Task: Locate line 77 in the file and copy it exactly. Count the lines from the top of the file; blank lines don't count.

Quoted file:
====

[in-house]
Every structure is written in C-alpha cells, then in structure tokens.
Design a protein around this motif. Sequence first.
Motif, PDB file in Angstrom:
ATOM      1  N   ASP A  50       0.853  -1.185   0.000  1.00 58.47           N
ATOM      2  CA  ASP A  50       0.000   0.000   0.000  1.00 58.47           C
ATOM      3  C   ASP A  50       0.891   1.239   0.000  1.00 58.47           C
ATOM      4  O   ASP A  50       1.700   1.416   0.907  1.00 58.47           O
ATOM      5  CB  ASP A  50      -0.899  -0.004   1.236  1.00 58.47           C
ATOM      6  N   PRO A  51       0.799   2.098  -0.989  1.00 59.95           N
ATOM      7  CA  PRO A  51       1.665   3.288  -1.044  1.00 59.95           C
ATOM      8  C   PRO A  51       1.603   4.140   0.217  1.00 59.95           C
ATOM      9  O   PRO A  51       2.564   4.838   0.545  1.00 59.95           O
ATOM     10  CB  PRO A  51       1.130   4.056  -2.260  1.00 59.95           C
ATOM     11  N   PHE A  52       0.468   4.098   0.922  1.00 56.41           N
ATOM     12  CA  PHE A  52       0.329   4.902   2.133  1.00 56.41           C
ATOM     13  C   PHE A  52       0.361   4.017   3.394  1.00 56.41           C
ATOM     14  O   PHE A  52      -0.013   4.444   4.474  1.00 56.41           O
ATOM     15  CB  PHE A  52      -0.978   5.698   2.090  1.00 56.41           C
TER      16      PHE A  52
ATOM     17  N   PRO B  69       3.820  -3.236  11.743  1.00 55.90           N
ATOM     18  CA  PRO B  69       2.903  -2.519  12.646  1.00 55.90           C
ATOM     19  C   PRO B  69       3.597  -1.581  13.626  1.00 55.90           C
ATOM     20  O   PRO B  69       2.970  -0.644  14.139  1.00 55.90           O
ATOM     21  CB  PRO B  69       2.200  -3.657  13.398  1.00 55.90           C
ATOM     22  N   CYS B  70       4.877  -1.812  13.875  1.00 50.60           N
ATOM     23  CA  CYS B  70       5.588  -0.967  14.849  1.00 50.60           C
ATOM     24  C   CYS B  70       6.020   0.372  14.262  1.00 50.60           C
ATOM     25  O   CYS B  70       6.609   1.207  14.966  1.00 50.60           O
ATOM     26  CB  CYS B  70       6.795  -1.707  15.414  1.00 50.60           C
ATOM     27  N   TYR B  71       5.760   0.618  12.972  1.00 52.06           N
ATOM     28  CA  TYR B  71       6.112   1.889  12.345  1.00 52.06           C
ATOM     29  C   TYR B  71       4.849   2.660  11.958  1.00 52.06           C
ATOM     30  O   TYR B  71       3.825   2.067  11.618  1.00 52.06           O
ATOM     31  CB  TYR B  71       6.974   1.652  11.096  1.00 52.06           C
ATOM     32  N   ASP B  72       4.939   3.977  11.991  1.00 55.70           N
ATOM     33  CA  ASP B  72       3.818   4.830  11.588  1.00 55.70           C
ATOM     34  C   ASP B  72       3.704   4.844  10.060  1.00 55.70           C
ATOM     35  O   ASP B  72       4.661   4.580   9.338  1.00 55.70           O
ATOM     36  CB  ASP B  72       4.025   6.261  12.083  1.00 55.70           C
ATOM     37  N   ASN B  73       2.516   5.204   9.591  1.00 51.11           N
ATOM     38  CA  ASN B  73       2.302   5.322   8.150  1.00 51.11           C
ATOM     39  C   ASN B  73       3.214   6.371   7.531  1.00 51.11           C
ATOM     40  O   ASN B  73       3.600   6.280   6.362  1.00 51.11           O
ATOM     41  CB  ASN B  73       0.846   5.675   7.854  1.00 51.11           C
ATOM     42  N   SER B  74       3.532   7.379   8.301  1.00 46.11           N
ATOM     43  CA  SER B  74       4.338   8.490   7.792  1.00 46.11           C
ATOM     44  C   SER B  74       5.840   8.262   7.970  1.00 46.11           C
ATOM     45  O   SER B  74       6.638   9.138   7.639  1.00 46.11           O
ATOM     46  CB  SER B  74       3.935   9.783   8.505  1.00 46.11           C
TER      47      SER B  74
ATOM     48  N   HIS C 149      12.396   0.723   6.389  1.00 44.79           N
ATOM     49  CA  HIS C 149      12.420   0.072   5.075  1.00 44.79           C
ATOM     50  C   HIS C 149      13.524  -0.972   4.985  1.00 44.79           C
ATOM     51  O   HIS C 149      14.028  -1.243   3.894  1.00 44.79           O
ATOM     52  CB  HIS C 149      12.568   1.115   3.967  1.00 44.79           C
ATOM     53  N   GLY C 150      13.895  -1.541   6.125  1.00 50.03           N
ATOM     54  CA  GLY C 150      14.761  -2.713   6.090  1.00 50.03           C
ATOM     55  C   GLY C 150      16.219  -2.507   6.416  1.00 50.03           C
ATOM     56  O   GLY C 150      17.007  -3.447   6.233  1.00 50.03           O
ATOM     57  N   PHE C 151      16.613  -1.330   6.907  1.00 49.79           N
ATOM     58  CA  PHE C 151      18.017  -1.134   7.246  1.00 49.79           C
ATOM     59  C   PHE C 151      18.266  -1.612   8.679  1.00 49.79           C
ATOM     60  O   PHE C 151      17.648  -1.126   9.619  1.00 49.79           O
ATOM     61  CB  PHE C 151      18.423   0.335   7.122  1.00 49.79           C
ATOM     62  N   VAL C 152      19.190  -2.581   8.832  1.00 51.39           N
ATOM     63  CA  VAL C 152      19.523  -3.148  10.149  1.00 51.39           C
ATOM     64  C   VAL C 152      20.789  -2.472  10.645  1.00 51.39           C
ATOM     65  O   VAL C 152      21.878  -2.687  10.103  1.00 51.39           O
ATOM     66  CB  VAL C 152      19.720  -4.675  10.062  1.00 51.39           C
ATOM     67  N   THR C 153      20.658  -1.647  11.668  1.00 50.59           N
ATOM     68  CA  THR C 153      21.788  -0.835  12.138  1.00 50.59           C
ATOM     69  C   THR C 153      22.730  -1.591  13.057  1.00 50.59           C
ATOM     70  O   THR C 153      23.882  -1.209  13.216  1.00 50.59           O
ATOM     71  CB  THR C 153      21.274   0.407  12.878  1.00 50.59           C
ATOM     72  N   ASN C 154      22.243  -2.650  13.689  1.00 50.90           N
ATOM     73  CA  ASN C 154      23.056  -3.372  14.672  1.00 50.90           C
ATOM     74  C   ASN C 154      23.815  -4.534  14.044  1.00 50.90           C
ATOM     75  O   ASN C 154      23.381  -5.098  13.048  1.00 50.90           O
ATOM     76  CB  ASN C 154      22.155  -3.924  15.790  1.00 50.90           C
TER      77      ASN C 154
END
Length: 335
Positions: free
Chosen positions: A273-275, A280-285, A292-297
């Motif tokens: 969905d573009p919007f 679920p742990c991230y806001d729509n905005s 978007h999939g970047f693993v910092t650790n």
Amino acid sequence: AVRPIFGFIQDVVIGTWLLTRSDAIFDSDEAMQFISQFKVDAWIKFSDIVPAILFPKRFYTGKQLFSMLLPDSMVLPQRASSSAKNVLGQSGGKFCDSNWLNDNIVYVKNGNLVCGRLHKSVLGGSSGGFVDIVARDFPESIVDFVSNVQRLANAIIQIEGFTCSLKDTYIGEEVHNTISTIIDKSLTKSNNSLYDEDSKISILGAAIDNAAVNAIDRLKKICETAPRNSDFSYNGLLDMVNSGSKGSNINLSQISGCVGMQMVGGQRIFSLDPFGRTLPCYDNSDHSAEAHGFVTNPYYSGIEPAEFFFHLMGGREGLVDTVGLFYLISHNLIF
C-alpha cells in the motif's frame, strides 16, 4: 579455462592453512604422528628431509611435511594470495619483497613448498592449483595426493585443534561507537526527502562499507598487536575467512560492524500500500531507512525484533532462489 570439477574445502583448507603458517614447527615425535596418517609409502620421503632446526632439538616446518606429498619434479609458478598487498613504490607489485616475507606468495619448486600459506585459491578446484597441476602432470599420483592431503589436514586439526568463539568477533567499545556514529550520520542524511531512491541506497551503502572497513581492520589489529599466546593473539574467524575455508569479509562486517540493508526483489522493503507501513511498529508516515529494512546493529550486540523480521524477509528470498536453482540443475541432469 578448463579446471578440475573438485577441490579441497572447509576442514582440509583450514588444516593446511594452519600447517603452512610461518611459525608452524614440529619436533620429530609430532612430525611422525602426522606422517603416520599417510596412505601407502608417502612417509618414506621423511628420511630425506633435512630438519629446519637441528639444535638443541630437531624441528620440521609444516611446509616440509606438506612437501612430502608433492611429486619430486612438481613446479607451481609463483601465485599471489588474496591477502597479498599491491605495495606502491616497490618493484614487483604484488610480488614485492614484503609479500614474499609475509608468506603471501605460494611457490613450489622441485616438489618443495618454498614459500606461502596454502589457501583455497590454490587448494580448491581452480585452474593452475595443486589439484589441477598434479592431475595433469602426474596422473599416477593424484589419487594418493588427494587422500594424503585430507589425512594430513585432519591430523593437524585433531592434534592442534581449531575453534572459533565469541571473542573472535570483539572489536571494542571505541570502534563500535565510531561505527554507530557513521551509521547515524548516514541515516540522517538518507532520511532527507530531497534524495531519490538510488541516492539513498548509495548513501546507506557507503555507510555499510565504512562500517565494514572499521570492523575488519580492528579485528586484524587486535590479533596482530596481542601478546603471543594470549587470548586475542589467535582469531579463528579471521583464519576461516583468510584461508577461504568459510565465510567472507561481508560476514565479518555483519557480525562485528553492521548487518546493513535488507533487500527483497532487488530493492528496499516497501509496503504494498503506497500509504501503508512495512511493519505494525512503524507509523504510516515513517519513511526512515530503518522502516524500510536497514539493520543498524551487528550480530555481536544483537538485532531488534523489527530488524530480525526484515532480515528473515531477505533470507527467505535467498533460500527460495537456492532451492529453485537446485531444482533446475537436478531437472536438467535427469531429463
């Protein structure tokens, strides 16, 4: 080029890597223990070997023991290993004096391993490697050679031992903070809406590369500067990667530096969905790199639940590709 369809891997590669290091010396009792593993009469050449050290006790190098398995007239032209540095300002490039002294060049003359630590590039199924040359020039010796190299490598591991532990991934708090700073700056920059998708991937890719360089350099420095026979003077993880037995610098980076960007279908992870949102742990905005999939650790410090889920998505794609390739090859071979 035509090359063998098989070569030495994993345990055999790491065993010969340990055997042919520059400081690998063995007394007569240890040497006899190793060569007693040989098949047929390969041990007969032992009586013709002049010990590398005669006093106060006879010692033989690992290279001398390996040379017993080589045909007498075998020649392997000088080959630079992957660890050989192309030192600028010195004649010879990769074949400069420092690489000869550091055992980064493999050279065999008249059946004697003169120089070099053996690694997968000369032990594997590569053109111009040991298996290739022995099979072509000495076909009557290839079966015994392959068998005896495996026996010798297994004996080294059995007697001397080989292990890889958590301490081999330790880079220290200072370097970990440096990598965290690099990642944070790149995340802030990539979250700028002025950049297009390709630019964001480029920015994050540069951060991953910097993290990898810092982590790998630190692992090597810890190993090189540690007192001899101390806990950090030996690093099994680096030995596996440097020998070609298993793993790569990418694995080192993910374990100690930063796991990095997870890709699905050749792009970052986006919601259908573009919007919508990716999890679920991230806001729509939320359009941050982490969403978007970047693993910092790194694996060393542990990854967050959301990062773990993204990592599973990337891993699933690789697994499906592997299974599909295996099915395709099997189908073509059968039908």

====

ATOM     73  CA  ASN C 154      23.056  -3.372  14.672  1.00 50.90           C